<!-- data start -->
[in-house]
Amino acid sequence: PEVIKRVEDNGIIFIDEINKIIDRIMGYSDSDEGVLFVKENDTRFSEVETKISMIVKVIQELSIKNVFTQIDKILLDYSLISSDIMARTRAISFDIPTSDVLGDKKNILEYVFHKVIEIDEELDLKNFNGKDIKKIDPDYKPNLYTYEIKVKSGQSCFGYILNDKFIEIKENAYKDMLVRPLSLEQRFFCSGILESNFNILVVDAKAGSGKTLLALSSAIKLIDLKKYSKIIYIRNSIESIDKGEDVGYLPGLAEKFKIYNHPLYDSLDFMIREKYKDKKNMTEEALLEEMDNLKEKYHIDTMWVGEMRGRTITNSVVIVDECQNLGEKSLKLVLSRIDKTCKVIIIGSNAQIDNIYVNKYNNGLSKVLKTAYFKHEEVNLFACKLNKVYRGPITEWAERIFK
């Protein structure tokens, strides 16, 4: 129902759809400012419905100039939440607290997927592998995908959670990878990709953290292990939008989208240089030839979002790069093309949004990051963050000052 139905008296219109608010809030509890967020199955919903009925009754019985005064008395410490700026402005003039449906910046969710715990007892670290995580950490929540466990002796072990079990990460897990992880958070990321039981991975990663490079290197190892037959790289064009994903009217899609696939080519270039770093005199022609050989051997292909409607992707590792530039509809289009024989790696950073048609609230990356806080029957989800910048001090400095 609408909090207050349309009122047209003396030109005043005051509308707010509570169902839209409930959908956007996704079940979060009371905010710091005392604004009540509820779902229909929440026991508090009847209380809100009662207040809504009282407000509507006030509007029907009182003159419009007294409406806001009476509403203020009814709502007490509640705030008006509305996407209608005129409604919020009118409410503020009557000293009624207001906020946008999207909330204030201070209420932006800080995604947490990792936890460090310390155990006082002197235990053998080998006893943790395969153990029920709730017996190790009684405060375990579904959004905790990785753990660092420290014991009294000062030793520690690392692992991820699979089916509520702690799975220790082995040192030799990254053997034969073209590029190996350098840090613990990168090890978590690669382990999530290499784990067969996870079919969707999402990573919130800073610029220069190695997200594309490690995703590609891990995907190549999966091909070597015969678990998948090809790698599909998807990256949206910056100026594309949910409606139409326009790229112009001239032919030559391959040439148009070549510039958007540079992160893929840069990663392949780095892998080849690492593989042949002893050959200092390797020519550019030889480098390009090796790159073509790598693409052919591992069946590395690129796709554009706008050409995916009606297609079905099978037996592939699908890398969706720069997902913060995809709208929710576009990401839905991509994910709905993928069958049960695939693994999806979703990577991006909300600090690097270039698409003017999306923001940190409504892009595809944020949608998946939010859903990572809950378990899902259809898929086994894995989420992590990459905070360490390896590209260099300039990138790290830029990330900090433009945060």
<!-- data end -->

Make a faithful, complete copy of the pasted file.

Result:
[in-house]
Amino acid sequence: PEVIKRVEDNGIIFIDEINKIIDRIMGYSDSDEGVLFVKENDTRFSEVETKISMIVKVIQELSIKNVFTQIDKILLDYSLISSDIMARTRAISFDIPTSDVLGDKKNILEYVFHKVIEIDEELDLKNFNGKDIKKIDPDYKPNLYTYEIKVKSGQSCFGYILNDKFIEIKENAYKDMLVRPLSLEQRFFCSGILESNFNILVVDAKAGSGKTLLALSSAIKLIDLKKYSKIIYIRNSIESIDKGEDVGYLPGLAEKFKIYNHPLYDSLDFMIREKYKDKKNMTEEALLEEMDNLKEKYHIDTMWVGEMRGRTITNSVVIVDECQNLGEKSLKLVLSRIDKTCKVIIIGSNAQIDNIYVNKYNNGLSKVLKTAYFKHEEVNLFACKLNKVYRGPITEWAERIFK
């Protein structure tokens, strides 16, 4: 129902759809400012419905100039939440607290997927592998995908959670990878990709953290292990939008989208240089030839979002790069093309949004990051963050000052 139905008296219109608010809030509890967020199955919903009925009754019985005064008395410490700026402005003039449906910046969710715990007892670290995580950490929540466990002796072990079990990460897990992880958070990321039981991975990663490079290197190892037959790289064009994903009217899609696939080519270039770093005199022609050989051997292909409607992707590792530039509809289009024989790696950073048609609230990356806080029957989800910048001090400095 609408909090207050349309009122047209003396030109005043005051509308707010509570169902839209409930959908956007996704079940979060009371905010710091005392604004009540509820779902229909929440026991508090009847209380809100009662207040809504009282407000509507006030509007029907009182003159419009007294409406806001009476509403203020009814709502007490509640705030008006509305996407209608005129409604919020009118409410503020009557000293009624207001906020946008999207909330204030201070209420932006800080995604947490990792936890460090310390155990006082002197235990053998080998006893943790395969153990029920709730017996190790009684405060375990579904959004905790990785753990660092420290014991009294000062030793520690690392692992991820699979089916509520702690799975220790082995040192030799990254053997034969073209590029190996350098840090613990990168090890978590690669382990999530290499784990067969996870079919969707999402990573919130800073610029220069190695997200594309490690995703590609891990995907190549999966091909070597015969678990998948090809790698599909998807990256949206910056100026594309949910409606139409326009790229112009001239032919030559391959040439148009070549510039958007540079992160893929840069990663392949780095892998080849690492593989042949002893050959200092390797020519550019030889480098390009090796790159073509790598693409052919591992069946590395690129796709554009706008050409995916009606297609079905099978037996592939699908890398969706720069997902913060995809709208929710576009990401839905991509994910709905993928069958049960695939693994999806979703990577991006909300600090690097270039698409003017999306923001940190409504892009595809944020949608998946939010859903990572809950378990899902259809898929086994894995989420992590990459905070360490390896590209260099300039990138790290830029990330900090433009945060």